5) File Browsers - The API here is perpetually incomplete, and may never be feature complete. In essence, apart from one or two trivial use cases, it's unusable. The problem is that while it supports some of the basic settings you need to set, more often than not, the critical ones you need end up not being available. (I had a list of these at some point, but I've misplaced the exact ones now)

The only solution ultimately ends up being to have to define a method / slot on your "backend" controller code (i.e. Python (PyQt / PySide) or C++), that you then use that from QML  - for example. 

filename = cmdApp.getOpenFileName(windowTitle, startPath, defaultFileName, fileFiltersList)

There are then still 2 quirks to be aware of with this approach:

    * i)  Depending on how you wire up the events, you could end up with the backend event handler "blocking" the QML UI until it completes (e.g. the "File" menu will stay open until after your handler has exited)

    * ii) The logic used to determine what directory to use when the supplied starting path is invalid / blank follows some rules that are not always easy to understand.

6) Distribution issues on Linux

With Ubuntu dropping support for their homegrown QML based dock/launcher (Unity?) recently, using QML on Ubuntu / Linux has suddenly become a whole lot more difficult if you're a small team that has to support a technically naive userbase (i.e. most userbases) with minimal resources.

For instance, on Ubuntu 20.04, users need to run the following addition commands to install packages via apt, instead of being able to run "pip" and have everything work (for a PyQt5 + QML app):


$ sudo apt-get install python3-pyqt5  
$ sudo apt-get install pyqt5-dev-tools
$ sudo apt-get install qttools5-dev-tools


With Ubuntu 21.04 however, it seems that in addition to these, you need to install each of the various QML modules individually (!)  There apparently isn't a single package you can install that will do all of them at once for you. The best workaround I've found for now is to get folks to install Ultimaker's "Cura" slicer, which at the time of writing still uses QML for its UI, with its packages installing the long list of needed deps.


$ sudo apt install cura


7) Scrollpanes, Clipping Issues, and Software Rendering

If deploying on Linux, and you need screen recording to work (particularly if that screen recording needs to happen in for apps running in VM's), be warned that GPU rendering will not be an option (due to various X11 context shenanigans). So, your UI's will have to be rendered using the "software renderer" pipeline (QSGRendererInterface::Software) - this alternative rendering pipeline uses QPainter to render the UI instead of the usual GPU-based approach, but since hardly anyone uses it, it will be buggy + slow.

It's not really terrible, but at the same time, you'll run into bugs like the fact that the renderer will render entire objects (beyond their bounds if need be) because the element clipping code is buggy and it bypasses the clipping flag/step entirely when some common combination of options is encountered. (I have the details somewhere in my notes, but I'd have to dig them up)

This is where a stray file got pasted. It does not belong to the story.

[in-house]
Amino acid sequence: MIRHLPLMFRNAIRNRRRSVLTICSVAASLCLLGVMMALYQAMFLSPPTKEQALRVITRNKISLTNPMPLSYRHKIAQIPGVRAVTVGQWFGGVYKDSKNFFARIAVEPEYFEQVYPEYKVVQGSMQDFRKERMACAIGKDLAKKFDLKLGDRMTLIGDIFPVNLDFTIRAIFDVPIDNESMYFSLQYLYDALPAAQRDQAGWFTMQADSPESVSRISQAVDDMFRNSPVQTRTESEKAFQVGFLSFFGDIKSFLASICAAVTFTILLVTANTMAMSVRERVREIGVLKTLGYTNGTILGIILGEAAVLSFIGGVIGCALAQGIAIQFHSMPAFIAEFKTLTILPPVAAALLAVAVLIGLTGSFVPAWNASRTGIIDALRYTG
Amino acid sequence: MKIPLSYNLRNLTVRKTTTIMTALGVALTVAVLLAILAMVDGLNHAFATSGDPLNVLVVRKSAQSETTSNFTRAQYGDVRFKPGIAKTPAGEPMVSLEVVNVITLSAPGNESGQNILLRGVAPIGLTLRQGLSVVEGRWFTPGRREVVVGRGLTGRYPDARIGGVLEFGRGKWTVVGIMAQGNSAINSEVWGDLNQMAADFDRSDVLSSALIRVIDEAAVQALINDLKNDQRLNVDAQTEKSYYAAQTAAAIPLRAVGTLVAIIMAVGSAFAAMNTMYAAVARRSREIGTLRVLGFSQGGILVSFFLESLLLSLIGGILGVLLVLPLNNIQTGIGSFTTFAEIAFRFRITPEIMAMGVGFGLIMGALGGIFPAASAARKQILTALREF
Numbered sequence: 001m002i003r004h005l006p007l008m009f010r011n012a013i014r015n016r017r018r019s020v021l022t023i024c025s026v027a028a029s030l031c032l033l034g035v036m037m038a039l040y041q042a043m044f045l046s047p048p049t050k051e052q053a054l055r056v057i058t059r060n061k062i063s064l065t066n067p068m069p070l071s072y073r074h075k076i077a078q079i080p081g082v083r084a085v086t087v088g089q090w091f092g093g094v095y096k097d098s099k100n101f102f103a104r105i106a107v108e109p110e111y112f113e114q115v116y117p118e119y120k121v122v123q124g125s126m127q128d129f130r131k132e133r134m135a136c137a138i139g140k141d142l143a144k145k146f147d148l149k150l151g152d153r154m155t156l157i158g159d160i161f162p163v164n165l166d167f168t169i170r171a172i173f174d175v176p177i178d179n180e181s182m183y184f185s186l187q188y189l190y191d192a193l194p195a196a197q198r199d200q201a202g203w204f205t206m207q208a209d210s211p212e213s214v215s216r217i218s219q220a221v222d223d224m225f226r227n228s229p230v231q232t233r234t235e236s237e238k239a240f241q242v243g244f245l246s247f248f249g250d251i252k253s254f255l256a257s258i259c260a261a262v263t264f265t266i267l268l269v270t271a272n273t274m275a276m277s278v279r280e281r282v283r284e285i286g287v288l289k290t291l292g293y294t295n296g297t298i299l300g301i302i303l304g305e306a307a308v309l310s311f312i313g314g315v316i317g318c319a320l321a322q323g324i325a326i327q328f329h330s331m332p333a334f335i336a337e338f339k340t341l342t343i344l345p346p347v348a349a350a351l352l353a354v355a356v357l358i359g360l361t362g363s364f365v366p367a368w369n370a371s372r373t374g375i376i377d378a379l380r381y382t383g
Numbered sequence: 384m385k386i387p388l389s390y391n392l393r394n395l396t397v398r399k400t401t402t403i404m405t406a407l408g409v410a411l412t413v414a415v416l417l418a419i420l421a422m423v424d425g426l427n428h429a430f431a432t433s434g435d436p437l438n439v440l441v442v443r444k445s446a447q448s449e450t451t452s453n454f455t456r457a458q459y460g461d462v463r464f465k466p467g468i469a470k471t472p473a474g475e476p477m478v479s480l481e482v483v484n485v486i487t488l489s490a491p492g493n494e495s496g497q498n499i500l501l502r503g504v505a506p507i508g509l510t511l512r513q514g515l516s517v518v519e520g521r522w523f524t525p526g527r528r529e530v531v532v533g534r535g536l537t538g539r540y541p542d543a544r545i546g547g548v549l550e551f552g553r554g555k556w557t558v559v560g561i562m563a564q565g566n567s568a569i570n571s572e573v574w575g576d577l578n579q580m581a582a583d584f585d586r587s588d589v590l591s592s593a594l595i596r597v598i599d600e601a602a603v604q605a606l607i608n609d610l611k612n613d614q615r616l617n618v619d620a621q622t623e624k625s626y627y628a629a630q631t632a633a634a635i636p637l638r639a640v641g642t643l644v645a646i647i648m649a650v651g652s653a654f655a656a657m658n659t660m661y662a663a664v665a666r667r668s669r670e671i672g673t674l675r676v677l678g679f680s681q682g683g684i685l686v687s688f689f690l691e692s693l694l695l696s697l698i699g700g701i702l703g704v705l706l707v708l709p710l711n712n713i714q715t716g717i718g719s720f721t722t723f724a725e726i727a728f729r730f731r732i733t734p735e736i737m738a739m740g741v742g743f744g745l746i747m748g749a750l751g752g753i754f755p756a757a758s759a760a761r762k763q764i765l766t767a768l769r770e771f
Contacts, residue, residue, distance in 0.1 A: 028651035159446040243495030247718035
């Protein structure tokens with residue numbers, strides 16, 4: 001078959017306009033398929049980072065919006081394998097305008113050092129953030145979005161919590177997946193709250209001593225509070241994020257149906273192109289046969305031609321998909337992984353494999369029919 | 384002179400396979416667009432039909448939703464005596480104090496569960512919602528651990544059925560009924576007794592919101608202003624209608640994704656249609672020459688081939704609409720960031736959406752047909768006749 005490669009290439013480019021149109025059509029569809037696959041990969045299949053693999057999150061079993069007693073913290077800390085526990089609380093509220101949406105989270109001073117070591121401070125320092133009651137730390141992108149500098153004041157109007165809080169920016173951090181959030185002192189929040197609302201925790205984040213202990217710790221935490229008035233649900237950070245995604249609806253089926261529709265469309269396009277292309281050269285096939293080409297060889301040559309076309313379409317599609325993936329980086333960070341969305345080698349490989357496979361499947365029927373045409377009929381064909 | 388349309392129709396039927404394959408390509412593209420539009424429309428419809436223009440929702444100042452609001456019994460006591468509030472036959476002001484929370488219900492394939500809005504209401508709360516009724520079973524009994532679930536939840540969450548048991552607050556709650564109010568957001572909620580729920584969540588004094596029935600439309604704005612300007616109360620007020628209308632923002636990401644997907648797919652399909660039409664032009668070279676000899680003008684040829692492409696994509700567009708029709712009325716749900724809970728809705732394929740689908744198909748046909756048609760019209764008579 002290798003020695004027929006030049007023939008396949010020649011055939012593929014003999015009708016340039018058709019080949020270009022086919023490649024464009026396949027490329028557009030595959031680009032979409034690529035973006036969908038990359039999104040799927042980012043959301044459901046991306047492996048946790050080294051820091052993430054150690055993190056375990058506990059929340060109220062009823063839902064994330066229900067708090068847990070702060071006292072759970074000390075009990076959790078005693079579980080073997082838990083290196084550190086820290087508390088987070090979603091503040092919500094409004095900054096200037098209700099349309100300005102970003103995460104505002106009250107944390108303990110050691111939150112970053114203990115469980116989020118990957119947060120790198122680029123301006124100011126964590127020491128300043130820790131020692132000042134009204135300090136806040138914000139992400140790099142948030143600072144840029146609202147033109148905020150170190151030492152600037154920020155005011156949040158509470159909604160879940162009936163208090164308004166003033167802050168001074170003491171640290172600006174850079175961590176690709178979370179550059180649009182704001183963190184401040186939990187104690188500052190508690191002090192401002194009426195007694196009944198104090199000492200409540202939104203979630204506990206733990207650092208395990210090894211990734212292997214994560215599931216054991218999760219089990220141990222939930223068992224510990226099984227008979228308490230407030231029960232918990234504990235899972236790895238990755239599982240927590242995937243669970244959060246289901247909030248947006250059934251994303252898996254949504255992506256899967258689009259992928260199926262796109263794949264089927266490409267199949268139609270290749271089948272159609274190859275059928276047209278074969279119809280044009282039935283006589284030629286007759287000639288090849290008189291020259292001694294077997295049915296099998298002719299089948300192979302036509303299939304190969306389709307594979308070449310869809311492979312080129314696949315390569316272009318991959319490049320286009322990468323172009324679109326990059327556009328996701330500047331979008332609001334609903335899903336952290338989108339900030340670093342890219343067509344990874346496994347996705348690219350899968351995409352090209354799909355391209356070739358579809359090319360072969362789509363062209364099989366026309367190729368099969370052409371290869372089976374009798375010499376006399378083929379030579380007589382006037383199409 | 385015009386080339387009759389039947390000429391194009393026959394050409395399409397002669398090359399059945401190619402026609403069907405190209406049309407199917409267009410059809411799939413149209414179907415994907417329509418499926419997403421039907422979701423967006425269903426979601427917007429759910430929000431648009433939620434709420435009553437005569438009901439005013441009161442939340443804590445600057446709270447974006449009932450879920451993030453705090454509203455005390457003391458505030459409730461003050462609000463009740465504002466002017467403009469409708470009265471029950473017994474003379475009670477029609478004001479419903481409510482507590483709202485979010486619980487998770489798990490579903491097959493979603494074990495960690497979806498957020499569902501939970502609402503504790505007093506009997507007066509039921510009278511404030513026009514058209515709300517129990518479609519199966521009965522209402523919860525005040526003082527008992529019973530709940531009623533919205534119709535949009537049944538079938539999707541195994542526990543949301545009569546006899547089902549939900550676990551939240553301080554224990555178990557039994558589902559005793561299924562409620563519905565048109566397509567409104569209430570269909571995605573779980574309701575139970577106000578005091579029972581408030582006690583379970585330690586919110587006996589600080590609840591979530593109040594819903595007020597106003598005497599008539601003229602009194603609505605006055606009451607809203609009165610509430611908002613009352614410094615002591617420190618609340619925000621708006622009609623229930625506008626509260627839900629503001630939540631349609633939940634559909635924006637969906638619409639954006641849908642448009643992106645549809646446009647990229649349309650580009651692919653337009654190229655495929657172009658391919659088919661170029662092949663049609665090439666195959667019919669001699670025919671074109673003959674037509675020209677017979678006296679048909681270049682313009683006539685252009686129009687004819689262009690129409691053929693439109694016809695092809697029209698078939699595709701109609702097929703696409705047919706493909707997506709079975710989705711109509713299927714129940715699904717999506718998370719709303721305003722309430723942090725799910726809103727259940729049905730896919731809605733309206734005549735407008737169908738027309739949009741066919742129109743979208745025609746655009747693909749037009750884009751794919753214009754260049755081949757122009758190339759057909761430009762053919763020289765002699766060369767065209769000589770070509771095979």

8) PyQt only allows you to register 60 (!!!) QML types with registerQmlType()

I recently learned that PyQt5 only supports registering up to 60 custom QML types using registerQmlType()


Trying to do it, you'll be faced with the following exception:

"TypeError: a maximum of 60 types may be registered with QML"


* It doesn't seem to matter what namespace you're registering those types to. It only lets you register 60 in the whole application / process! Not 60 per namespace, or 60 per module / file, but 60 for your whole PyQt application! 

AFAIK, there are no secret settings to increase this value. And why specifically this value is a mystery too - if it was 100 or 256, I could understand that, but 60 (!) of all numbers?!


* There doesn't seem to be any other way to register types so that QML won't complain about trying to access stuff it doesn't know about


* There is basically no documentation about this anywhere on the internet. Attempts to find solutions to this problem only turned up one garbled digest of a long-defunct mailing list (and an aggregated copy of that).

Unfortunately, if you're ever in this situation, you may have only 1 option: To rewrite your UI to not require QML!  That's one of the first major tranches of what I'll be up to in the New Year!  :(


9) You cannot directly pass a QImage to a QML "Image" element and tell it to draw it

Instead, getting image data into QML "Image" elements requires one of several rather roundabout hacks:

1) Re-loading the file data from disk via a filename

2) Writing a "QmlImageProvider" then string-encoding the image data into the "Image.source" parameter so that the image provider will be delegated to handle it

3) Writing a custom QQuickPaintedItem that does the drawing

10) You cannot define your own "ListModel" like model objects for defining a custom data model for automatically populating a UI

This one probably requires a bit more explanation that's best left for a separate post. 

But, the gist of it is that if you try to auto-generate a UI layout from a list of property id's (i.e. targetObject pointer + string-based identifier), and you try to express this using a custom ListModel-like data structure (like the following example), you'll end up running into a whole bunch of weird memory errors / crashes-on-exit / delayed-crashes + general slowness, etc. - and that's if you succeed in getting past the compiler syntax-erroring your attempts first.

The closest you can currently get to this is to do away with the list model, and to directly create the "placeholder widgets" that live as part of the UI Layout (i.e. a "FormLayout", which is really just a dressed up "GridLayout"). These placeholder widgets then use "Loader's" to dynamically show the appropriate delegate for the property whose metadata you are referring to using the pointer + identifier. The main downside of this approach is that you still need to manually specify the labels beside these widgets manually (instead of having them auto-generated from the same list model),

11)  "Data Type Conversion Between QML and C++" -



'Nuff said.